Here’s a roundup of some of the papers I found interesting in 2022. This list is heavily slanted to my interests, which lean toward the application of machine learning (ML) in drug design.  I’ve added commentary to most of the papers to explain why I found them compelling.  I’ve done my best to arrange the papers according to themes.  If I omitted a paper, please let me know.  I’d be happy to update this summary.   This review ended up being longer than I had anticipated, and there are several topics I didn’t cover.  If I have some time, this post may get a sequel.  Contents 1. Are Deep Neural Networks Better for QSAR? 2. Deep Learning Methods Provide New Approaches to Protein-Ligand Docking 3. Protein Structure Prediction - Pushing AlphaFold2 in New Directions 4. Model Interpretability 5. QM Methods 6. Utralarge Chemical Libraries 7. Active Learning 8. Molecular Representation 1. Are Deep Neural Networks Better for QSAR?   Based on papers I read and reviewed in 2022, there seems to be

Mining Ring Systems in Molecules for Fun and Profit

I've been a longtime fan of Peter Ertl's work on identifying and classifying the ring systems in molecules.  I wanted a Python implementation for some of my work, so I coded something similar in spirit to what Peter has published.  In this post, I begin by highlighting some of Peter's papers and showing some interesting analyses that can be performed with a tool for extracting ring systems.   After introducing the motivation for the work, we get into the geeky details and explore one approach to identifying ring systems.  Finally, we will look at a simple application of the method and explore the ring systems in marketed drugs.  In an upcoming post, I'll show another, more interesting, application of the method.  The code accompanying this post is in a Jupyter notebook on GitHub .   In addition, the core code for extracting ring systems from molecules has been incorporated into the latest version of my pip installable useful_rdkit_utils package.  I've also incorpora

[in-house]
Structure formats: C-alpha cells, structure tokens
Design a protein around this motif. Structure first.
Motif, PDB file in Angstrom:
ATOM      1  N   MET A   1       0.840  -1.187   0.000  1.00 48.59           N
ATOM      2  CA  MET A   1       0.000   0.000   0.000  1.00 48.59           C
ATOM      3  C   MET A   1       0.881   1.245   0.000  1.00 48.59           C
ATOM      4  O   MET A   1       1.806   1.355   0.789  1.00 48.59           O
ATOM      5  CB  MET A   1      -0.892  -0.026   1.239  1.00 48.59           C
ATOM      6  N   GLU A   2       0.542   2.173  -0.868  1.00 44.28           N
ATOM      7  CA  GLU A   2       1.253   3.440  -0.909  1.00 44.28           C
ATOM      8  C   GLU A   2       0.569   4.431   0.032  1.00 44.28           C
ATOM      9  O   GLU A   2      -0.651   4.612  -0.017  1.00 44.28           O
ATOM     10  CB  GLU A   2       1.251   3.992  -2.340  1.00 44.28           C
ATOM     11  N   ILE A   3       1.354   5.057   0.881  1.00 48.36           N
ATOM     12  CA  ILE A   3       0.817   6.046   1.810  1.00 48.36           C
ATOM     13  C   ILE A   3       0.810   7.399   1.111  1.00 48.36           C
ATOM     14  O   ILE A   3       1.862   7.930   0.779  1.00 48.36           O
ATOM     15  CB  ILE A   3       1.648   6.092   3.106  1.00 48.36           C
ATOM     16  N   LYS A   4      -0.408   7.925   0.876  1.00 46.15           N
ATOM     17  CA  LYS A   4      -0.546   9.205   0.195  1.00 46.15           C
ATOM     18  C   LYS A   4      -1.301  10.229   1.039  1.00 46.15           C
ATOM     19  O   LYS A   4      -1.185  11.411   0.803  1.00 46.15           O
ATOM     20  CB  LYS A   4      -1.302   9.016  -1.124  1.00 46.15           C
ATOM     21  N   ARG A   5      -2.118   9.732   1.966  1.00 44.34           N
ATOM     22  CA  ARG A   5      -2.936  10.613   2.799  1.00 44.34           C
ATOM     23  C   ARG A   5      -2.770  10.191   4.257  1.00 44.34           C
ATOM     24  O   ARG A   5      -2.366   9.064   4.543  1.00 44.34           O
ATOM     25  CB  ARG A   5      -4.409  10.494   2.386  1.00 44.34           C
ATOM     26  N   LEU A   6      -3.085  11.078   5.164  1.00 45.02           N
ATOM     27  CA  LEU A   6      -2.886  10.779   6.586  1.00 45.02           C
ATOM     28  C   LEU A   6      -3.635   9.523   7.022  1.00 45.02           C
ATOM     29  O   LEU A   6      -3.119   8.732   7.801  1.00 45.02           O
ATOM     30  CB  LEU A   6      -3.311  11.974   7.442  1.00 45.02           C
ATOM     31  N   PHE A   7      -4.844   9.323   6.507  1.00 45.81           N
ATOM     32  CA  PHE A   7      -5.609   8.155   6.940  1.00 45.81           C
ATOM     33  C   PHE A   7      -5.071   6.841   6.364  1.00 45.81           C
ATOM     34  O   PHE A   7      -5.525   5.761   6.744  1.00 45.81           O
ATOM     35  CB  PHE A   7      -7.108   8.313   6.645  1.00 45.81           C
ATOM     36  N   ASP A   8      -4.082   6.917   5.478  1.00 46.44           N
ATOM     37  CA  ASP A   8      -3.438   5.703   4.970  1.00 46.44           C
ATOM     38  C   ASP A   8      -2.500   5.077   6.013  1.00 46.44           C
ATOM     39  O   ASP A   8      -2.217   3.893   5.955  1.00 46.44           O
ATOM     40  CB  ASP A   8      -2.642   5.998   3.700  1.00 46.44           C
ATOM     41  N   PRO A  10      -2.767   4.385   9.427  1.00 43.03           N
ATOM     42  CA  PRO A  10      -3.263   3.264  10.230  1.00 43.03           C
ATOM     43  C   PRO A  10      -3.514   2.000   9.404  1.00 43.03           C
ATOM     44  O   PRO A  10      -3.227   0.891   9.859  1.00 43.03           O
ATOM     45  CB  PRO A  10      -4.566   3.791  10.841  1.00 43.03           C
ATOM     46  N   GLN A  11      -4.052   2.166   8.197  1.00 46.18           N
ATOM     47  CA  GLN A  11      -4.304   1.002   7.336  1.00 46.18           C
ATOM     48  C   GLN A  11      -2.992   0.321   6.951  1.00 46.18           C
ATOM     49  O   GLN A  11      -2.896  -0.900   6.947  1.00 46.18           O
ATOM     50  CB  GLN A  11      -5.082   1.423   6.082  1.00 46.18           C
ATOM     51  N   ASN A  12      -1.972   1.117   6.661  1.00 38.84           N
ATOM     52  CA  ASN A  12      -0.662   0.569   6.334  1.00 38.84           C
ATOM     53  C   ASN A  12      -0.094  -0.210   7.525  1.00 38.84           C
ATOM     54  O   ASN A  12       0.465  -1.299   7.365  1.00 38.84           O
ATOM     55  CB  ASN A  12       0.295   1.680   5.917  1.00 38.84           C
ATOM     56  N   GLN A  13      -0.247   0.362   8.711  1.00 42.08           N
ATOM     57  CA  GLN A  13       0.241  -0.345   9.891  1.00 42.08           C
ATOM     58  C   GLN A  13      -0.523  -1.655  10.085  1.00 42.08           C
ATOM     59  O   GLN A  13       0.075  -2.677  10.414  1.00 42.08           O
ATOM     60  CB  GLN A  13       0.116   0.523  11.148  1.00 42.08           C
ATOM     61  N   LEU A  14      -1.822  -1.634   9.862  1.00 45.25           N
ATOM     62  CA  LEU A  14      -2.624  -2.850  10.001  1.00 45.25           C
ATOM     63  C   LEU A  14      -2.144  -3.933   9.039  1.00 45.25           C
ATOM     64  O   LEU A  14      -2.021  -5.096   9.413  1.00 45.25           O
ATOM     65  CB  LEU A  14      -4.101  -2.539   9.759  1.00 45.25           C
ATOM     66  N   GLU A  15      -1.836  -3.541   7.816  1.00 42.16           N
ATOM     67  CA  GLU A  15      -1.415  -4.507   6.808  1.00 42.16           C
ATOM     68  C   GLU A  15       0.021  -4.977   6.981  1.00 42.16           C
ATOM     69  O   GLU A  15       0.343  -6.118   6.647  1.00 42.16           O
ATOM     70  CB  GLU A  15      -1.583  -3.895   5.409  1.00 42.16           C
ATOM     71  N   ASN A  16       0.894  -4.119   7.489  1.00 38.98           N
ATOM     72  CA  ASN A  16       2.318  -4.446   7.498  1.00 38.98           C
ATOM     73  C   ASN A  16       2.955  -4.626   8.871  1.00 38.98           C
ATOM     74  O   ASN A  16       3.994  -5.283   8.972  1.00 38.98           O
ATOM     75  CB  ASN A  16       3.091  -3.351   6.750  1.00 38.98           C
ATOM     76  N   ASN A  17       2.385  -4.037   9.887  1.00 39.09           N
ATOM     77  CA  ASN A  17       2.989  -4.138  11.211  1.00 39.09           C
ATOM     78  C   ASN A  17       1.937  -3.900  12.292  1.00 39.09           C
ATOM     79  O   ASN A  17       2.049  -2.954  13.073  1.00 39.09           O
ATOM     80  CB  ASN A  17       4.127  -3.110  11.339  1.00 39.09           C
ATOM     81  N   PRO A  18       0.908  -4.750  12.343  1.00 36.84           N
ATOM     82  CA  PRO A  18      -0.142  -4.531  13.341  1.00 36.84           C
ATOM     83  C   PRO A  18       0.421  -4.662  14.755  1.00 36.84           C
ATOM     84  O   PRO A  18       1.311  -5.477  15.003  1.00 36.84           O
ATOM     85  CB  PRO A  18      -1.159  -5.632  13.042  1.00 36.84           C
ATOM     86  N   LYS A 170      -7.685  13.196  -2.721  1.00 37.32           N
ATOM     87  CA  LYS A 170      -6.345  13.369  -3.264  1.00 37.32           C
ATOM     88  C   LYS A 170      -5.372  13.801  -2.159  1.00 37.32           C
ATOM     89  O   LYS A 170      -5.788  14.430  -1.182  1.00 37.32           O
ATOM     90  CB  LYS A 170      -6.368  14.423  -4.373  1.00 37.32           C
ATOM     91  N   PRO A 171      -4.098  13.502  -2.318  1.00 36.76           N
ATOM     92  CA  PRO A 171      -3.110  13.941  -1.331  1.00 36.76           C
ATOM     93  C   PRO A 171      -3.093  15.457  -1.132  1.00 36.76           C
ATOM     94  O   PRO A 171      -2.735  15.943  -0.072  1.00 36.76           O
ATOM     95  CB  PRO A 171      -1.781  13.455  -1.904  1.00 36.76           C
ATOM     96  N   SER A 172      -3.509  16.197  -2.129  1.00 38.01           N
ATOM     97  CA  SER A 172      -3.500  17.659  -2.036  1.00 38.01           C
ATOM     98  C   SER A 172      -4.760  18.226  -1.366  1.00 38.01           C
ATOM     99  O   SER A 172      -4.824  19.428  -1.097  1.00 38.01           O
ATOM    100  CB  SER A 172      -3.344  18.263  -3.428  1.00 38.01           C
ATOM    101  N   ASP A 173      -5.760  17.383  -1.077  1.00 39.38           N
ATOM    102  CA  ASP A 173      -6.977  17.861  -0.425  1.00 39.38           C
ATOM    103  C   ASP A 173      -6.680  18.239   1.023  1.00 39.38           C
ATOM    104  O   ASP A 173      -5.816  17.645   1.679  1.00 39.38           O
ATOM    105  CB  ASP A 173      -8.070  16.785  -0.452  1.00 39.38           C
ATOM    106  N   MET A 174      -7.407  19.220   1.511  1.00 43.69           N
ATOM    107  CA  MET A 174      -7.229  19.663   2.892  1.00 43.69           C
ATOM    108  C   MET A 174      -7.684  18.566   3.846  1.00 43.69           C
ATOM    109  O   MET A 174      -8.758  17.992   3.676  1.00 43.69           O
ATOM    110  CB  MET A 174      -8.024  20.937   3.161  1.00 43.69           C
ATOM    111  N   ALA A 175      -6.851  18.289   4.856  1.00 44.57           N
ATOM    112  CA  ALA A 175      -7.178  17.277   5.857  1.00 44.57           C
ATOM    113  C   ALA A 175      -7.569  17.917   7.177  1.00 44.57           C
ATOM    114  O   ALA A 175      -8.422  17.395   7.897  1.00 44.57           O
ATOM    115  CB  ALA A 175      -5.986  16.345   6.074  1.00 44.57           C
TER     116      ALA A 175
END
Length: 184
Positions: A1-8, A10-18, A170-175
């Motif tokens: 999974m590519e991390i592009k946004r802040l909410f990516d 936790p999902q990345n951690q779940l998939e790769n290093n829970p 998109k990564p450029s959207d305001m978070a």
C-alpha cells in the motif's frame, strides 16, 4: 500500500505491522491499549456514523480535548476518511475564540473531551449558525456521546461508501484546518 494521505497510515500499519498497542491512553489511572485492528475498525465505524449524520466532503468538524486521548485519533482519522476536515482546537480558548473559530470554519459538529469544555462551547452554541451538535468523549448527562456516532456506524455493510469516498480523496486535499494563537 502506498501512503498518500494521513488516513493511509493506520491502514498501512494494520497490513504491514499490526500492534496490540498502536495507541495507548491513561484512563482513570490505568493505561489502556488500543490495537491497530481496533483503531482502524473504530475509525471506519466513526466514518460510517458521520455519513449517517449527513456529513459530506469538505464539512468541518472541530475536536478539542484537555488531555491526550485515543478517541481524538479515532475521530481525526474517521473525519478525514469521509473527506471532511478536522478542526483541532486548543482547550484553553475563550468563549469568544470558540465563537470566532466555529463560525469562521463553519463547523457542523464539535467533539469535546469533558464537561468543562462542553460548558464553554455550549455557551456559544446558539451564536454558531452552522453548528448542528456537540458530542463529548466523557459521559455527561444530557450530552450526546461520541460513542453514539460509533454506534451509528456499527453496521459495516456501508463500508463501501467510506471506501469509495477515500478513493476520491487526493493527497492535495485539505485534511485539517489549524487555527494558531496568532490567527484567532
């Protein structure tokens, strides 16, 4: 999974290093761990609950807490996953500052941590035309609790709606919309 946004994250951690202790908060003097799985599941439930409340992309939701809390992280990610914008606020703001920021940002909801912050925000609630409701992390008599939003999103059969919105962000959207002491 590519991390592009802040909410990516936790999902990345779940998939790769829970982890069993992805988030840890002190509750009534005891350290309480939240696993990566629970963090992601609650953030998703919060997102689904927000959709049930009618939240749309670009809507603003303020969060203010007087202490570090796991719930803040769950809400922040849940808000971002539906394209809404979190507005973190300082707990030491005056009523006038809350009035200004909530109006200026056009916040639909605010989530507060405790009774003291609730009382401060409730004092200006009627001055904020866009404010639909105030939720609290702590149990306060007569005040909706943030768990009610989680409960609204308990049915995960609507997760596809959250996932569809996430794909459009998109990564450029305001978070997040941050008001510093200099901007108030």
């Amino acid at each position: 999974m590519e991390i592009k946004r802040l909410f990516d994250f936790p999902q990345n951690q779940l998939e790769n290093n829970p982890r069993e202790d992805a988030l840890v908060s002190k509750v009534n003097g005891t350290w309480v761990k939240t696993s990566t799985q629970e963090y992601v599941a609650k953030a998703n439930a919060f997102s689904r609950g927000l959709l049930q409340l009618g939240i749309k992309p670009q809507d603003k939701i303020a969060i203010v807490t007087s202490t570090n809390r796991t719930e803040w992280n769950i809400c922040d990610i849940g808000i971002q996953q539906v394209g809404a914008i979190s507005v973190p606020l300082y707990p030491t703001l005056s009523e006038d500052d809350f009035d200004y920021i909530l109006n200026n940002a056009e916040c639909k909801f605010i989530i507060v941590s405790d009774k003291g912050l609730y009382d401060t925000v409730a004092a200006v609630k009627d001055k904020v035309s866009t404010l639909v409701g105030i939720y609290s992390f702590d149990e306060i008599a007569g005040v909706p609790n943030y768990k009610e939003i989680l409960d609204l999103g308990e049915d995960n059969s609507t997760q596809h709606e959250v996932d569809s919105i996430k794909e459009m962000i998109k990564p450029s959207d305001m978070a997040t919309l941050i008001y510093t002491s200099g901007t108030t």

Clustering Fragment Screening Hits With a Self-Organizing Map